|Photos||Video & Audio||Blogs||Statistics||Archive||Shop||Mobile|
August 26, 2013
Middlesex 275 for 6 (Morgan 90, Simpson 58*) beat Leicestershire 274 for 8 (Eckersley 73, Smith 56, Boyce 53) by four wickets
Acting Middlesex captain Eoin Morgan warmed up for England's forthcoming limited-overs series against Australia with a season's best 90 to inspire his side's four-wicket Yorkshire Bank 40 win over Leicestershire at Lord's.
Although neither side could progress from Group C, Morgan caught the eye of England's national selector Geoff Miller - watching from the media centre - by hitting eight fours and four sixes in a match-defining innings as Middlesex reached their target with10 balls to spare.
In pursuit of Leicestershire's impressive 40-over total of 274 for 8, Middlesex struggled early on under the pressure of an asking rate of 6.88 an over and some tight Leicestershire bowling.
Leading scorer Dawid Malan had still to get under way when he followed a delivery from left-arm seamer Rob Taylor to edge to the wicketkeeper. Then, with the total on 22, Paul Stirling aimed an expansive cover drive at Nathan Buck only to drag the ball onto middle stump.
The experienced third-wicket pairing of Joe Denly and Morgan regrouped with a partnership worth 72 inside 11 overs that came to a surprise end when Denly chipped a return catch to diving slow left-armer James Sykes.
Morgan reached a 43-ball 50 - his first in all forms of cricket in a hugely disappointing domestic season - by chipping six into the Tavern Stand against Josh Cobb. He was just 10 short of his century when a mistimed slog sweep against Shiv Thakor flew to Greg Smith at long-on.
Morgan helped add 81 in 10.3 overs for the fourth wicket with Adam Voges during a breezy 63-ball stay, but Voges blotted his copybook by holing out to the same fielder to make it 197 for 5.
Needing 77 from their final 10 overs, Middlesex added 60 in 44 balls through debutant Ollie Wilkin and John Simpson before the former cut to backward point with only 18 required. Simpson saw the hosts home with a brisk unbeaten 58 from 39 balls with a six and eight fours, the last of which won the game.
Batting first after losing the toss on a bright St John's Wood afternoon, Leicestershire lost Cobb for six when he miscued to mid-off against England paceman Steve Finn.
Leicestershire opener Smith moved smoothly to a 61-ball half-century with four fours and two sixes. But only 11 balls later, Smith perished when attempting to clip spinner Ravi Patel over long-on, spooning to long-off to end a second-wicket stand worth 61 in 13.1 overs with Ned Eckersley.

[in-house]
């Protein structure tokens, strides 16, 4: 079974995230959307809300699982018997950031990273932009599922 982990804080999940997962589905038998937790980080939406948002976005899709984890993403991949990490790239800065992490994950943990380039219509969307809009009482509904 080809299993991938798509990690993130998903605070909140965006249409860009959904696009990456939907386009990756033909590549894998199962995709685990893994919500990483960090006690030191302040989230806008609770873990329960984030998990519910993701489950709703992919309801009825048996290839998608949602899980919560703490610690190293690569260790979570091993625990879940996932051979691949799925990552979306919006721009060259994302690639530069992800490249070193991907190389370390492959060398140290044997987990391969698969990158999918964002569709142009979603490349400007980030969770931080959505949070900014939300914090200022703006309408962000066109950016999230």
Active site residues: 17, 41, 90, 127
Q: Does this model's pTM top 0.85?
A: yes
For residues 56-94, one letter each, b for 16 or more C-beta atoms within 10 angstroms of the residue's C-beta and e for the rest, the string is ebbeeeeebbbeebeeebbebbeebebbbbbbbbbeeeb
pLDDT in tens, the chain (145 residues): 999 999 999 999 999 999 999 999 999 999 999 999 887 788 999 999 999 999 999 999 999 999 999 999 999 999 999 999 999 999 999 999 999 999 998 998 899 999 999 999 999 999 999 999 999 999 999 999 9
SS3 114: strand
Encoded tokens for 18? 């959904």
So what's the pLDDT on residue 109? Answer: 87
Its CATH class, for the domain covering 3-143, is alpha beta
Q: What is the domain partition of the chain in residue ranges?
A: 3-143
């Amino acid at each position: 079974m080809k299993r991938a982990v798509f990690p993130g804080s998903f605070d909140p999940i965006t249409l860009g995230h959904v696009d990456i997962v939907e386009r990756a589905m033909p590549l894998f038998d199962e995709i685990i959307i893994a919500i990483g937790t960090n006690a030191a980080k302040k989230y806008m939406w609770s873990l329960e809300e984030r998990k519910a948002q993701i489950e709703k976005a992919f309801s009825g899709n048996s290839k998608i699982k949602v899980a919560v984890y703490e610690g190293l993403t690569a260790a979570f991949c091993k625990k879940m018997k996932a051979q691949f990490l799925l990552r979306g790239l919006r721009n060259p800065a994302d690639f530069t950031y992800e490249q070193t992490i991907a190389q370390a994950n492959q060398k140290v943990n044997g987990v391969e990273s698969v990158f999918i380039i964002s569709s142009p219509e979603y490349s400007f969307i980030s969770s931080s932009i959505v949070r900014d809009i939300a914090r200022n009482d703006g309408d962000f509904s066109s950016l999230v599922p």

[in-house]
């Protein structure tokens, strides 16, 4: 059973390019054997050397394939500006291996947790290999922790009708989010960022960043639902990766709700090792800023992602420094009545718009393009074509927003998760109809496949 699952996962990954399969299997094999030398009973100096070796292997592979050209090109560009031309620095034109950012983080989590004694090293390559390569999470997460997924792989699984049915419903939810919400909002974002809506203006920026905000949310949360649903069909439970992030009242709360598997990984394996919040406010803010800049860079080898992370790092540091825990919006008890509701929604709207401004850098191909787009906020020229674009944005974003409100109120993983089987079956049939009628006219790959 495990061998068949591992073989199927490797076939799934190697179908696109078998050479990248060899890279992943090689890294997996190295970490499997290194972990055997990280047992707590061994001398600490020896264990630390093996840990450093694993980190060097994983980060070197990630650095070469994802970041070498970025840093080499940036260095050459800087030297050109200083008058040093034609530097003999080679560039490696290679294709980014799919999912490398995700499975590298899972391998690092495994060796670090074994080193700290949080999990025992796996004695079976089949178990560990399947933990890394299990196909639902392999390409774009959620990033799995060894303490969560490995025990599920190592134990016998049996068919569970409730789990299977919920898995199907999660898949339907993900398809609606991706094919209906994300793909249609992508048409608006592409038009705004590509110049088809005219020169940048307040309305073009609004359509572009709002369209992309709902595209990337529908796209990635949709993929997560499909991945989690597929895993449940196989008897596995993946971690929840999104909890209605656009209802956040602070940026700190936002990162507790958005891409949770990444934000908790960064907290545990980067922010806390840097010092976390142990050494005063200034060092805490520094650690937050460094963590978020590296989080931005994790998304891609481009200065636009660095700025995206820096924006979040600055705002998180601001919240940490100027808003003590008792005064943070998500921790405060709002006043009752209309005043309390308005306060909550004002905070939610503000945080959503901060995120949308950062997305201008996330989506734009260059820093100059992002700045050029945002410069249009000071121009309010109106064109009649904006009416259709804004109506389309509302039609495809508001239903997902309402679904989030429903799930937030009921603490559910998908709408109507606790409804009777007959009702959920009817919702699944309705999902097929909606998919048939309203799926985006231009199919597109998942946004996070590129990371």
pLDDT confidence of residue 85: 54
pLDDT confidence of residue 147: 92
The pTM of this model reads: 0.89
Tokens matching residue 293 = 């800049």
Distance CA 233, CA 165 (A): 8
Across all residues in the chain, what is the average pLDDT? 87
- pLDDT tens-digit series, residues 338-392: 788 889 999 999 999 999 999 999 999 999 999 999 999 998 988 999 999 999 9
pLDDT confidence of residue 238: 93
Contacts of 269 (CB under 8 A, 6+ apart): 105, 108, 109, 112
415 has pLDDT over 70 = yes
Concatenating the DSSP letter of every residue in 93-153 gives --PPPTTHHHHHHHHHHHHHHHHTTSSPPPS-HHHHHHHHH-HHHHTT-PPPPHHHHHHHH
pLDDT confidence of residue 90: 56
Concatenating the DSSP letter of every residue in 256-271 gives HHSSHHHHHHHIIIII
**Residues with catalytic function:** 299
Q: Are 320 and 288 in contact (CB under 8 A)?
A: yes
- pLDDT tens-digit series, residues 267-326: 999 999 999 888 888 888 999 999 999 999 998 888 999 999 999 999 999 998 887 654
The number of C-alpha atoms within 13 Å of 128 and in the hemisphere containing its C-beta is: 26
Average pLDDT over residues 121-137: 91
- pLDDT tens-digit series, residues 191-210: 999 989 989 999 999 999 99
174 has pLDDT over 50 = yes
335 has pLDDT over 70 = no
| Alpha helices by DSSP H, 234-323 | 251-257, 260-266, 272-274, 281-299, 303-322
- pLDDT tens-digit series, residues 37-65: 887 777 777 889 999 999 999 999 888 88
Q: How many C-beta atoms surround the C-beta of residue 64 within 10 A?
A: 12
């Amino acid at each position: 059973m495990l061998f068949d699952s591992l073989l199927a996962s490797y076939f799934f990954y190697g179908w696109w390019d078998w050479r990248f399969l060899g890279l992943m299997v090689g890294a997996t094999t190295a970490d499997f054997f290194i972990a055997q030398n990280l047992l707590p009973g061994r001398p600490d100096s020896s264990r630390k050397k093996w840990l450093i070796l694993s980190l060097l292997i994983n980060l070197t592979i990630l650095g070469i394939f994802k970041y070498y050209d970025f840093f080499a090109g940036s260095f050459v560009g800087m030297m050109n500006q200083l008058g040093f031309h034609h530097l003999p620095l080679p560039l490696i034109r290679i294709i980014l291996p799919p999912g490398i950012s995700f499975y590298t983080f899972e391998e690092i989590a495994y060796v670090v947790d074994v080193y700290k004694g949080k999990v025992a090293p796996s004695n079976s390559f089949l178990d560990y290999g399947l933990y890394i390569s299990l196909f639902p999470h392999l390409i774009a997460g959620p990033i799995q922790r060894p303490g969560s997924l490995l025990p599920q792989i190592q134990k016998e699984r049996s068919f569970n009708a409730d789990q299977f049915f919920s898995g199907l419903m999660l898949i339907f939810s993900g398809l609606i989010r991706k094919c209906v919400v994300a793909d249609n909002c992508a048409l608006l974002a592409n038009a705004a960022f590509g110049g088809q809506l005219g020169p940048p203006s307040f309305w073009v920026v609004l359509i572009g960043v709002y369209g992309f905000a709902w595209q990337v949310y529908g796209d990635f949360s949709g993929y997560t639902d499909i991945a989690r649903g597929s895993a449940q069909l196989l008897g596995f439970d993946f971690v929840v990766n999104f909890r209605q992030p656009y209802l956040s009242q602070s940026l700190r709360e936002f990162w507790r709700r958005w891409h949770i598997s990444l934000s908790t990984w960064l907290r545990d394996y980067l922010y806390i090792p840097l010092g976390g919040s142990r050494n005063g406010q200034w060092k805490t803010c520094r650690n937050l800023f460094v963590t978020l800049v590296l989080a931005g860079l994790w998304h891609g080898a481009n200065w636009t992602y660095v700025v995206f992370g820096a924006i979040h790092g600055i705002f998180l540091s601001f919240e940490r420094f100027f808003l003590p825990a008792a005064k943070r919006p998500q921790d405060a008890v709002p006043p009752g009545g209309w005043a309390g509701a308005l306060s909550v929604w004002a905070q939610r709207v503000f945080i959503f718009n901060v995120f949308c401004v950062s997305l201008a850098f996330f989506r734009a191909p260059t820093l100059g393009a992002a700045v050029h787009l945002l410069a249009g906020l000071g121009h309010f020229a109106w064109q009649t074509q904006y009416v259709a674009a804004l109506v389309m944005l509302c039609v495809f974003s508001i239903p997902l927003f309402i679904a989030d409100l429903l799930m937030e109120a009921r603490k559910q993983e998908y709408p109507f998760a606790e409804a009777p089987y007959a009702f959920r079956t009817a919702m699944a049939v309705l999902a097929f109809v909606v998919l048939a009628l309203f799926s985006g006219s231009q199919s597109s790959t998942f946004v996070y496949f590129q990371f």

Eckersley was joined by left-hander Matthew Boyce, who took advantage of a short boundary on the Tavern side by twice depositing short deliveries from Patel directly into the Mound Stand.
Eckersley also reached 50 from 53 balls and with eight fours but the former MCC Groundstaff player top-edged his pull shot high to Toby Roland-Jones at mid-on to depart for 73. Boyce, having added 95 in 12.2 overs in tandem with Eckersley, became the third visiting player to pass the 50 milestone, his 50 coming from 51 balls.
Rookie Middlesex seamer Wilkin claimed his maiden YB40 wicket by removing Boyce for 53 then, four balls later, the 21-year-old made it two for 44 when Michael Thornely flailed outside off to be caught behind for 19. The visitors lost three for 11 in six balls in the quest for late runs, which worsened when Ben Raine was caught at deep extra cover for seven.
Yet Middlesex were docked six penalty runs for a slow over rate going into the final over by Harris, which also led to the departure of Thakor to a comfortable catch at long-leg by Finn. The last five legal deliveries of the innings cost 24 runs as Tom Wells threw the bat to plunder two sixes and three fours in a cameo unbeaten 31.
© ESPN Sports Media Ltd.
|Comments have now been closed for this article
Also, high scores and low averages, most ducks in international cricket, and the 12-year-old Test player
Former New Zealand seamer Gavin Larsen talks about wobbly seam-up bowling, the 1992 World Cup, and his role in the next tournament
The planned reorganisation of their domestic structure should help the region recapture some of the glory it enjoyed in the past
Both teams face contrasting opponents in their next Test series. While West Indies will be tested against stronger teams, Bangladesh have it easier but without much to gain